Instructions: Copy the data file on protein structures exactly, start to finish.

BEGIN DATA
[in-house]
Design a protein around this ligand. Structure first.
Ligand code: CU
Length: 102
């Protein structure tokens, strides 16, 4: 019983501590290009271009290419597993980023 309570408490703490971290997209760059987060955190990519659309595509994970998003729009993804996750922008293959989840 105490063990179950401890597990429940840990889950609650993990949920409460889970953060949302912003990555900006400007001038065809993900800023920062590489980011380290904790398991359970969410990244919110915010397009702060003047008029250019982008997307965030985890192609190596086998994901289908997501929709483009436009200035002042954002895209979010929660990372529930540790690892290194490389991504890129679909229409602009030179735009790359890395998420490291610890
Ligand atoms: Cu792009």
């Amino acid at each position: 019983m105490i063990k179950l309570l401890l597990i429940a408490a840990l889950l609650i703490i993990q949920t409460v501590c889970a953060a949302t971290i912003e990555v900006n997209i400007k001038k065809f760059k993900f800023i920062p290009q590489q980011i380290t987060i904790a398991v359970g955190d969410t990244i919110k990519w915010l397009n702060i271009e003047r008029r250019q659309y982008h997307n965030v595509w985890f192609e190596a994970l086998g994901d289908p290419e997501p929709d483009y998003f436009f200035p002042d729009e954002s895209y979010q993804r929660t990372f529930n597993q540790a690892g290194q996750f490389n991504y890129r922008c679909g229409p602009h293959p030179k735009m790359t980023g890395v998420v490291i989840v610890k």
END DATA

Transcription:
[in-house]
Design a protein around this ligand. Structure first.
Ligand code: CU
Length: 102
């Protein structure tokens, strides 16, 4: 019983501590290009271009290419597993980023 309570408490703490971290997209760059987060955190990519659309595509994970998003729009993804996750922008293959989840 105490063990179950401890597990429940840990889950609650993990949920409460889970953060949302912003990555900006400007001038065809993900800023920062590489980011380290904790398991359970969410990244919110915010397009702060003047008029250019982008997307965030985890192609190596086998994901289908997501929709483009436009200035002042954002895209979010929660990372529930540790690892290194490389991504890129679909229409602009030179735009790359890395998420490291610890
Ligand atoms: Cu792009």
């Amino acid at each position: 019983m105490i063990k179950l309570l401890l597990i429940a408490a840990l889950l609650i703490i993990q949920t409460v501590c889970a953060a949302t971290i912003e990555v900006n997209i400007k001038k065809f760059k993900f800023i920062p290009q590489q980011i380290t987060i904790a398991v359970g955190d969410t990244i919110k990519w915010l397009n702060i271009e003047r008029r250019q659309y982008h997307n965030v595509w985890f192609e190596a994970l086998g994901d289908p290419e997501p929709d483009y998003f436009f200035p002042d729009e954002s895209y979010q993804r929660t990372f529930n597993q540790a690892g290194q996750f490389n991504y890129r922008c679909g229409p602009h293959p030179k735009m790359t980023g890395v998420v490291i989840v610890k």